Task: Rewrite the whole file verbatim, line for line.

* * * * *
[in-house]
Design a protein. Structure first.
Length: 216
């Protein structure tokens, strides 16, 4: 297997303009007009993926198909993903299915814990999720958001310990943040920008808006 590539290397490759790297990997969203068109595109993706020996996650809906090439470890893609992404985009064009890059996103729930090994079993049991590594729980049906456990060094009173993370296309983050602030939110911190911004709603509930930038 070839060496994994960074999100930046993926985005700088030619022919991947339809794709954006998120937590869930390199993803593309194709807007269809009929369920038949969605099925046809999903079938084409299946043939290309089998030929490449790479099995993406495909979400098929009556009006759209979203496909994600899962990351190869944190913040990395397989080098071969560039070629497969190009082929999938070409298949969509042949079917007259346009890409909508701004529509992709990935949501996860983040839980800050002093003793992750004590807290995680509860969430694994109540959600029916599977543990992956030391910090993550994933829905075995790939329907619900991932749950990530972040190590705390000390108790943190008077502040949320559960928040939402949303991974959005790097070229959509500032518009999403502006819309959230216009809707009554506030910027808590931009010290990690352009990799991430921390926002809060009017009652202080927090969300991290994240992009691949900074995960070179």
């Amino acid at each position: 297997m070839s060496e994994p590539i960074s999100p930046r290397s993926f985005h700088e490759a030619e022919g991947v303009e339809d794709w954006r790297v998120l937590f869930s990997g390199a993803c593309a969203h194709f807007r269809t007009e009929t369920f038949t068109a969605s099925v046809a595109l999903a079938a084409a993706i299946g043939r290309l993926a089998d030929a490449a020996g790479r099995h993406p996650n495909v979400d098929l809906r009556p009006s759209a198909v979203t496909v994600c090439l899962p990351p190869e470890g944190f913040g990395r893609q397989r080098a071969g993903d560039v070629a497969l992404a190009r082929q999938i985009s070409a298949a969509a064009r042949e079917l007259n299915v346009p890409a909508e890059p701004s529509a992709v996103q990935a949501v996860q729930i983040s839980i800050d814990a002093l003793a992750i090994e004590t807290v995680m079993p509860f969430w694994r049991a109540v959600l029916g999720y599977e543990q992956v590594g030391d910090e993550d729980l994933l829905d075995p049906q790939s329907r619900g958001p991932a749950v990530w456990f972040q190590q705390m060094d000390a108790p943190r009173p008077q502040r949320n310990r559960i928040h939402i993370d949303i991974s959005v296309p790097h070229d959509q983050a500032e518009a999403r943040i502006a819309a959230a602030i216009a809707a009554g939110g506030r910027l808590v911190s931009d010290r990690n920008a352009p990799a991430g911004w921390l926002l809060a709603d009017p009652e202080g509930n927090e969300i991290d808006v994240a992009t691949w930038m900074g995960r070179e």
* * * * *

[in-house]
Design a protein. Structure first.
Length: 216
């Protein structure tokens, strides 16, 4: 297997303009007009993926198909993903299915814990999720958001310990943040920008808006 590539290397490759790297990997969203068109595109993706020996996650809906090439470890893609992404985009064009890059996103729930090994079993049991590594729980049906456990060094009173993370296309983050602030939110911190911004709603509930930038 070839060496994994960074999100930046993926985005700088030619022919991947339809794709954006998120937590869930390199993803593309194709807007269809009929369920038949969605099925046809999903079938084409299946043939290309089998030929490449790479099995993406495909979400098929009556009006759209979203496909994600899962990351190869944190913040990395397989080098071969560039070629497969190009082929999938070409298949969509042949079917007259346009890409909508701004529509992709990935949501996860983040839980800050002093003793992750004590807290995680509860969430694994109540959600029916599977543990992956030391910090993550994933829905075995790939329907619900991932749950990530972040190590705390000390108790943190008077502040949320559960928040939402949303991974959005790097070229959509500032518009999403502006819309959230216009809707009554506030910027808590931009010290990690352009990799991430921390926002809060009017009652202080927090969300991290994240992009691949900074995960070179």
């Amino acid at each position: 297997m070839s060496e994994p590539i960074s999100p930046r290397s993926f985005h700088e490759a030619e022919g991947v303009e339809d794709w954006r790297v998120l937590f869930s990997g390199a993803c593309a969203h194709f807007r269809t007009e009929t369920f038949t068109a969605s099925v046809a595109l999903a079938a084409a993706i299946g043939r290309l993926a089998d030929a490449a020996g790479r099995h993406p996650n495909v979400d098929l809906r009556p009006s759209a198909v979203t496909v994600c090439l899962p990351p190869e470890g944190f913040g990395r893609q397989r080098a071969g993903d560039v070629a497969l992404a190009r082929q999938i985009s070409a298949a969509a064009r042949e079917l007259n299915v346009p890409a909508e890059p701004s529509a992709v996103q990935a949501v996860q729930i983040s839980i800050d814990a002093l003793a992750i090994e004590t807290v995680m079993p509860f969430w694994r049991a109540v959600l029916g999720y599977e543990q992956v590594g030391d910090e993550d729980l994933l829905d075995p049906q790939s329907r619900g958001p991932a749950v990530w456990f972040q190590q705390m060094d000390a108790p943190r009173p008077q502040r949320n310990r559960i928040h939402i993370d949303i991974s959005v296309p790097h070229d959509q983050a500032e518009a999403r943040i502006a819309a959230a602030i216009a809707a009554g939110g506030r910027l808590v911190s931009d010290r990690n920008a352009p990799a991430g911004w921390l926002l809060a709603d009017p009652e202080g509930n927090e969300i991290d808006v994240a992009t691949w930038m900074g995960r070179e």